Evaluation of the EU’s Response to the US GAG Rule

EIPA published a new study ‘Evaluation of the EU’s Response to the US GAG Rule’ commissioned by the European Parliament (EP), at the request of the FEMM Committee. The study, undertaken by Petra Jeney and Clara Cotroneo, maps out the challenges the EU faces in promoting sexual and reproductive health and rights in its external action, especially in providing aid to developing countries against the backdrop of US Global Gag Rules.

In their analysis, EIPA experts Petra Jeney and Clara Cotroneo assess the impact of the expansion of the US GAG Rule on the EU’s external aid policies as well as the EU Member State’ attempts to counter the effects of the this development. After providing a concise overview of the new Mexico City Policy (MCP) and its impact, their research combines existing available data with an in-depth investigation of the EU’s promotion of comprehensive sexual and reproductive health and rights within its development aid programmes and, more broadly, of EU’s action to mitigate the impact of the MCP on international NGOs. Through their analysis the authors aim to go beyond gender-based violence and encompasses issues related to sexual and reproductive health and rights and identify the impact of the MCP beyond Sexual and Reproductive Health and Rights (SRHR).

Core question for the EU and possible solutions

The study looks at the core issue the EU will face and makes recommendations on how to overcome them:

  • The rise of conservative and right-wing populist views, which delegitimize the gender equality agenda inside the EU and abroad. The fundamental issue of women’s access to sexual and reproductive health stand in direct conflict with the conservative beliefs of some EU Member State governments. This creates internal challenges in the realisation of a truly European-wide response to the US GAG rule. The authors suggest that a dialogue between all relevant governmental actors is fostered which focused on common objectives in the areas of women’s rights, global health, access to water and sanitation and education.
  • The success of the EU External Action policy depends on the ability to implement SRHR in the different religious and cultural contexts where it is needed. This require the EU to adopt a dynamic approach in order to reach its Sexual Reproductive and Health and Rights objectives.
  • Recent political shifts, such as Brexit and the COVID 19 global health crisis, pose serious challenges to maintaining the commitments of the Union’s sexual and reproductive health and rights agenda. This should be considered when allocating funds to programmes in the areas of sexual and reproductive health and women’s rights.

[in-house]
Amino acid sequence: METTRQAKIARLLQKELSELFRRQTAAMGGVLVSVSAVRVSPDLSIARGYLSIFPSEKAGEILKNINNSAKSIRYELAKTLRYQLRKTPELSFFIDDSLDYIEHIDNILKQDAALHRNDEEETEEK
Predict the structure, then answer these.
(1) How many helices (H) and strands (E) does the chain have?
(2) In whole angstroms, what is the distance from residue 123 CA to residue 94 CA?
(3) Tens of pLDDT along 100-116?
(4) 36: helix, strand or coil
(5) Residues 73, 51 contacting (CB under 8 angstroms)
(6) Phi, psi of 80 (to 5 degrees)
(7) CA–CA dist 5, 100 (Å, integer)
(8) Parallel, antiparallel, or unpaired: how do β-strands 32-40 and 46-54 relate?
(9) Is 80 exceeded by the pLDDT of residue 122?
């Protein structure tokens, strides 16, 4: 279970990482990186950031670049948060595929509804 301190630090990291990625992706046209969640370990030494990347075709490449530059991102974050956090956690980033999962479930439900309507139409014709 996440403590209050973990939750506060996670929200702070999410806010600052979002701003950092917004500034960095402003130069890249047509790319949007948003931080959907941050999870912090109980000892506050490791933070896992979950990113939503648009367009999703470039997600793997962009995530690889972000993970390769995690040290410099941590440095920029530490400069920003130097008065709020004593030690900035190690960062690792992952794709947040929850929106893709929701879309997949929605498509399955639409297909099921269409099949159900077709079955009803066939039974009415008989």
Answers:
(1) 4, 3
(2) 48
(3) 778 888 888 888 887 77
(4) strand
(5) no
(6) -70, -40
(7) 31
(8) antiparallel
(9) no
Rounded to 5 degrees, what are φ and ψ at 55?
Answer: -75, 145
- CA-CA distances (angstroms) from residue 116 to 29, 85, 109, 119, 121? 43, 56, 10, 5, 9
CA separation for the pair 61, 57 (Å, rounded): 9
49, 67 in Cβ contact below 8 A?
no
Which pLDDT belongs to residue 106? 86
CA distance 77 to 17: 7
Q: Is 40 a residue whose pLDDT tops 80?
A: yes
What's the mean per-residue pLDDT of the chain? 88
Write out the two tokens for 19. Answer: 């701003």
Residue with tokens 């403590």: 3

EU’s responses to the expansion of US GAG rules

EU and Member States responses

The authors first frame the responses of the EU and its Member States to the significant shift in US foreign policy. An overall picture of existing and proposed EU development and humanitarian aid programmes, guidelines and actions specifically addressing violence against women and Sexual Reproductive and Health and Rights is developed, from which it is clear that the EU’s response to the US GAG rule has been both financial and political. Special attention is given to the EU’s Gender Action Plan II (GAP II), along with programmes from individual/groups of Member States, such as the She Decides campaign, and global networks of which the EU is a member, including the Spotlight Initiative.

Measures to safeguard SRHR

An assessment is made as to whether an increase in financial support for foreign family planning organisations would counter the effects of the US GAG rule and safeguard the Sexual Reproductive and Health and Rights of women and girls throughout the world. Through a careful assessment of precise figures and extensive interviews with representatives from EU Member States’ governments and civil society actors, the study shows how  on the one hand, gender priorities are gradually gaining high level political support within certain EU Member States, not least from transformative changes occurring internally (e.g. Irish abortion referendum), while on the other hand, the growing influence of populist political parties in other EU Member States, is inhibiting progress on reaching the EU’s objectives for a progressive sexual and reproductive health and rights agenda.

Access the study  > Evaluation of the EU’s Response to the US GAG Rule

The global Gag Rule and its latest expansion by the US

In 2019, the US announced an expansion of the Mexico City Policy, more commonly referred to as the Global Gag Rule (GAG). This policy severely limits the actions of International Non-Governmental Organizations (NGOs) by obliging them to certify that they will not perform abortion services, provide information about abortion services, or advocate for abortion, in order to be eligible for US aid funding. Under the latest expansion of the policy, funding is also prohibited to organisations that support other organisations engaged in the aforementioned activities.

Gender equality as a fundamental value in the EU

During the last few decades, the European Union has increasingly integrated gender equality as a fundamental value of its external policy action and programmes. SRHR constitute key aspects of the Union’s gender policy framework, and as such they are at the core of the EU’s external aid policies. This commitment to push forward a gender equality agenda is evident in the leading role the EU held during the negotiations for the 2030 UN Agenda for Sustainable Development, which now serve as a guideline for designing and implementing EU external aid policies. More broadly, the EU is committed to push forward the Sustainable Development Goals (SDG), whose advancement has recently been endangered by the reinstatement and expansion of the Mexico City Policy.

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